Last year, on the advice of an organic farmer, I put up a bat house, and bought two egg sacks of preying mantises. Combined with my monthly delivery of Fly Predators, plus small plastic bags half filled with water and a few pennies at the bottom of the bag (the Amish fly control system), apple cider vinegar, and some fly strips (icky though they are), I managed to use less than 2 bottles of fly spray for the entire summer. Bats are capable of eating more than 1,200 mosquitoes in an hour, and they also feed on moths, and leafhoppers.
I mounted the bat house on a 15 foot pole, facing south, because the bats need at least 6 hours of sun to stay warm. I placed the bat house in a section of pasture close to a creek, but away from the woods. A bat house needs to be fairly close to a water source, and as much as I appreciate what bats do, I didn’t want them living too close to the barn.
The Praying Mantis, which looks like an alien out of a sci-fi movie, has been described uniquely: “in the world of biological pest control weapons, praying mantises are howitzer cannons.” Moths, crickets, grasshoppers, and flies are the diet of the mantis. They also love to eat roaches.
You can purchase mantis egg sacks from a variety of online companies.
Place the egg case in the crotch of a tree or shrub, and tie it with twine to the branch (yet another good use for hay strings!). Three cases of eggs contain enough mantises to cover approximately 6,500 square feet. Mantis egg sacks hatch in about 10-15 days of warm weather.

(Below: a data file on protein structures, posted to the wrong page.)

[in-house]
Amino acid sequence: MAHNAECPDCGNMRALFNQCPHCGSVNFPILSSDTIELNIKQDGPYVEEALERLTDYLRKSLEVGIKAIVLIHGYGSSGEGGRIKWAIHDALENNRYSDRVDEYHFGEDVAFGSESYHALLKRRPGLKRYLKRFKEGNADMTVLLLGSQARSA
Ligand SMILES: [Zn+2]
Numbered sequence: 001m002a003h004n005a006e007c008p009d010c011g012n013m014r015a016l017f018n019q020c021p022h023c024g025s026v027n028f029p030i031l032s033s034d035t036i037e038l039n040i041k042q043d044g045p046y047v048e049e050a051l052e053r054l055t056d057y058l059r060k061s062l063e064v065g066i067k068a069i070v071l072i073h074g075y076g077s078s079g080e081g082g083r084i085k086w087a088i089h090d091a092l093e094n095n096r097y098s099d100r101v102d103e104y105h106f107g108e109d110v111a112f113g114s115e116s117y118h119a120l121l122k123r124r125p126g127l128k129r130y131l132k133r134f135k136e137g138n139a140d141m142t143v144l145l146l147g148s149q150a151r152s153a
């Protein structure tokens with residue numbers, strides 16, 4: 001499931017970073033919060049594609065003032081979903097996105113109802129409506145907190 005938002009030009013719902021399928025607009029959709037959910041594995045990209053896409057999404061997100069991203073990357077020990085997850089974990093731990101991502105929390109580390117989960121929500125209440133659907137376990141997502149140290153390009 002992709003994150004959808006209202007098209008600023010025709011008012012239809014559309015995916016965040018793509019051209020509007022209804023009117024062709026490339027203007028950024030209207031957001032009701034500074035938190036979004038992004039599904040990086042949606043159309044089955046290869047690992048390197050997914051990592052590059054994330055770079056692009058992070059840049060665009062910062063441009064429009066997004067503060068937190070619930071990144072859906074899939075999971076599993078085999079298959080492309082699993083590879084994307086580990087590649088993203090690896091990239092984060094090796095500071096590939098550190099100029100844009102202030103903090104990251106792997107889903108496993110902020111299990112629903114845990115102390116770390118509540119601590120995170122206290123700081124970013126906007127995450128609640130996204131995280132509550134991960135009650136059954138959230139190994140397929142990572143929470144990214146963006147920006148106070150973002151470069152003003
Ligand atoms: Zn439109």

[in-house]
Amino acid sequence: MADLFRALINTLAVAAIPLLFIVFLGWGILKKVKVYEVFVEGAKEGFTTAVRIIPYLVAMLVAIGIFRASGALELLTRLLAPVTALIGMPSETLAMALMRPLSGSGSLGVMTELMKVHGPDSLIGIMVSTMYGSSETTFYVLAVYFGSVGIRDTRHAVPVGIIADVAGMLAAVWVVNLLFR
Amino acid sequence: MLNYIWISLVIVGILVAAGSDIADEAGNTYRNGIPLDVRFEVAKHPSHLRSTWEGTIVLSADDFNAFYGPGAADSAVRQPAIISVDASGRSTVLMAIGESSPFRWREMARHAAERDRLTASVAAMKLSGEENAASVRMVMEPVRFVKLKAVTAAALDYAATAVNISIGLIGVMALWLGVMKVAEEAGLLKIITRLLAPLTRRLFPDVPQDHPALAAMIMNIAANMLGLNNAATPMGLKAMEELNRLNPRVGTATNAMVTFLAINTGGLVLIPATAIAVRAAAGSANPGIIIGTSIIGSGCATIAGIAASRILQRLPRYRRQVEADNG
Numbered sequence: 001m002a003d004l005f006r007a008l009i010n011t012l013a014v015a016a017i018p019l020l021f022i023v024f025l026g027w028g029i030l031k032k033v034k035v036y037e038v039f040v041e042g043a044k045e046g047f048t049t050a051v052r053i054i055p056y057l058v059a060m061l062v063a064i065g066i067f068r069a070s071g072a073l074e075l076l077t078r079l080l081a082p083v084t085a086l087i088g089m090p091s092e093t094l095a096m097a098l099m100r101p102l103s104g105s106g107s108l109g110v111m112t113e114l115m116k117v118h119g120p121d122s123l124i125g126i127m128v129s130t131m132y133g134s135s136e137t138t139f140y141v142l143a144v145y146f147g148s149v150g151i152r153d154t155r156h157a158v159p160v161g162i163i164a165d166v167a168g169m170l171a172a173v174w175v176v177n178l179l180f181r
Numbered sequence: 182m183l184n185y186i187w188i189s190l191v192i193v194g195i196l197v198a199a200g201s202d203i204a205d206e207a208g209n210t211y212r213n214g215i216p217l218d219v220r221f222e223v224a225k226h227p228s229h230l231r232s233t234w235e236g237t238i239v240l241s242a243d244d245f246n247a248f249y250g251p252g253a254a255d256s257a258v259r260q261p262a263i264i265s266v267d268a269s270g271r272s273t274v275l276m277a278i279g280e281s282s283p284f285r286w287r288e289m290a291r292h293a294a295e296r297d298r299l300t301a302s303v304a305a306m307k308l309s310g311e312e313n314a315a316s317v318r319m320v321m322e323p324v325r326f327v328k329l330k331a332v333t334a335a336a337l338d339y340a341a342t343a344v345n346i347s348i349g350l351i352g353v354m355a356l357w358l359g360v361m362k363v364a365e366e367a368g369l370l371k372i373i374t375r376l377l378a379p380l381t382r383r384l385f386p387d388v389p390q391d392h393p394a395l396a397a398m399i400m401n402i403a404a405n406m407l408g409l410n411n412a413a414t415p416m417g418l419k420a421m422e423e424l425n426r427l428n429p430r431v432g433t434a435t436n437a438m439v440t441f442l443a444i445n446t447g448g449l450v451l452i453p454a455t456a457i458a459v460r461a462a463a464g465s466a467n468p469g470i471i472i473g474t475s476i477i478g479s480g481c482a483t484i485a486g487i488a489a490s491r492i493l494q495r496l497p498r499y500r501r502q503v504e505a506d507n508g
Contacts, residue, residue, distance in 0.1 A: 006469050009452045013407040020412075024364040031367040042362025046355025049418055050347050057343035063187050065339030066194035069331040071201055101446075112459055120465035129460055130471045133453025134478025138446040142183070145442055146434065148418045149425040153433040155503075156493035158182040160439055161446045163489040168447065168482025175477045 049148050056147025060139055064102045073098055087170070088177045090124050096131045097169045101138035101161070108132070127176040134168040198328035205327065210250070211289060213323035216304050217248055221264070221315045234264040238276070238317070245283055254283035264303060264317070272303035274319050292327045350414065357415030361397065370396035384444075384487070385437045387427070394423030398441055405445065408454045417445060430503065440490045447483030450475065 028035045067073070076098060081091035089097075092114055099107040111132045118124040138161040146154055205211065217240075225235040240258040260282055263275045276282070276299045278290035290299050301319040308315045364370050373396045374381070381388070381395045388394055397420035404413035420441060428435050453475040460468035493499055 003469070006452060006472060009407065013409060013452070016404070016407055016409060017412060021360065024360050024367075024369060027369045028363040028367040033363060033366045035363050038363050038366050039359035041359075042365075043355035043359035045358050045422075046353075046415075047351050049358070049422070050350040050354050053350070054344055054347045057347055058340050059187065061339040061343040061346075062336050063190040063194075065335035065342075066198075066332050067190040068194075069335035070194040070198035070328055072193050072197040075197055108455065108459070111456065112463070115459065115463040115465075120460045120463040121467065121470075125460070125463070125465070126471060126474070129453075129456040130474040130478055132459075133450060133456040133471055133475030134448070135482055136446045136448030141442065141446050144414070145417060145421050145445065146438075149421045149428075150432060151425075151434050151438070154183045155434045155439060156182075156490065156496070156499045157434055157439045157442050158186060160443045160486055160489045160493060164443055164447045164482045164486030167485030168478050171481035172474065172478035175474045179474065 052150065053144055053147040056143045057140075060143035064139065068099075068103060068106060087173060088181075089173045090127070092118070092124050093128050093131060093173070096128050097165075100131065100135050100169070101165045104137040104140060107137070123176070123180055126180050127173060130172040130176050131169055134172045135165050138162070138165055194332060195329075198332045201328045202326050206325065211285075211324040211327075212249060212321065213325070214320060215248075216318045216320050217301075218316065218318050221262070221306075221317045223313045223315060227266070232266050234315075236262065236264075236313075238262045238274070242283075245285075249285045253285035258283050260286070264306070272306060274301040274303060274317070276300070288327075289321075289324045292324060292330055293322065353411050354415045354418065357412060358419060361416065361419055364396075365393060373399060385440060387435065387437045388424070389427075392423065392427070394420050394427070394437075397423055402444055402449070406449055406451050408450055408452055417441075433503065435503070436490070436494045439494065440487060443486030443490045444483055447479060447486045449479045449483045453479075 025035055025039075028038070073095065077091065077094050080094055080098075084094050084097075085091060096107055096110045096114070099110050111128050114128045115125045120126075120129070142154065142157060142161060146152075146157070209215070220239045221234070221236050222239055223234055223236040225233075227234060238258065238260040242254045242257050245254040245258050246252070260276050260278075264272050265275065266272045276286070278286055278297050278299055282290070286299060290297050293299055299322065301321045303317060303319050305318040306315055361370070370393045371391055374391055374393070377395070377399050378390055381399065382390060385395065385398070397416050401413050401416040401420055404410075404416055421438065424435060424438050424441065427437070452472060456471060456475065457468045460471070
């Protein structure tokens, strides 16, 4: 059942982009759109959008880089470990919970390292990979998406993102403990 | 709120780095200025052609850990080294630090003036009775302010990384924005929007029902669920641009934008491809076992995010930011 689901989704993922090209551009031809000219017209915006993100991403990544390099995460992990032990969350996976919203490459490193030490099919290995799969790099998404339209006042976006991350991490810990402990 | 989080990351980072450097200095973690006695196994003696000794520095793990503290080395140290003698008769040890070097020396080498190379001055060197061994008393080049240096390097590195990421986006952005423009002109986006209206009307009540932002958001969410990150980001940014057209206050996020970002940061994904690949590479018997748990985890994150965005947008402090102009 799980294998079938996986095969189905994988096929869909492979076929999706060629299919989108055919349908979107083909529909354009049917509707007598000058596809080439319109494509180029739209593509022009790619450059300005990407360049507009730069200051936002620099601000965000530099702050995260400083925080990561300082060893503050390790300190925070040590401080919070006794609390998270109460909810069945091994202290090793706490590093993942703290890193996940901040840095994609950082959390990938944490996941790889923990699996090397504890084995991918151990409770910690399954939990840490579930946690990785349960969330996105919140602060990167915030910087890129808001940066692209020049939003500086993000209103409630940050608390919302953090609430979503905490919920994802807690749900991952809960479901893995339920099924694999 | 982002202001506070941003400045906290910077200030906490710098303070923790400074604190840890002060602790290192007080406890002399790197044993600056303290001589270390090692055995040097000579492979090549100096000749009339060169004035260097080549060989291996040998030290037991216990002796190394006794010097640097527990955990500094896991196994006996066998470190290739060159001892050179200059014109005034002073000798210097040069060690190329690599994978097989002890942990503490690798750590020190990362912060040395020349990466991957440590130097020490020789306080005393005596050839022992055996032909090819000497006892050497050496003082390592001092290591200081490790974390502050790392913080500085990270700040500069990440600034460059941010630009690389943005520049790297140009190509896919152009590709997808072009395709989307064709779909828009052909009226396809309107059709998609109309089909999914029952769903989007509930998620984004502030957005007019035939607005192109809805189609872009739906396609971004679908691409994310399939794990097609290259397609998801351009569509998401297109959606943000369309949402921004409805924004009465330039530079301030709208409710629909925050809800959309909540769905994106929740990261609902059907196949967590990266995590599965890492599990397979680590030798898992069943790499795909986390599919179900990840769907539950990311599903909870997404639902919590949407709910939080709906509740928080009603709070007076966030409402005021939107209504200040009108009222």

Bats are nocturnal while mantises are daylight hunters.
This year I have put in a bigger bat house (that I call The Bat Condo),capable of housing 600 bats. I have ordered more mantis egg sacks, and just this weekend spied a mantis egg sack that had been left by a female mantis before the first frost last autumn. An adult mantis has the lifespan of about 6 months, so the female lays her eggs before she dies.
Between the mantises, bats, fly predators, Amish Fly Control system, apple cider vinegar (sprayed generously on the horses), and fly strips it’s clear to me that it takes a variety of measures to reduce the dependency on chemical insect warfare.
So many pollinators (bees, bats, butterflies, hummingbirds) are at risk from pesticides, herbicides, and insecticides. Pollinators are responsible for roughly 1,000 plants grown for food, spices, and medicines.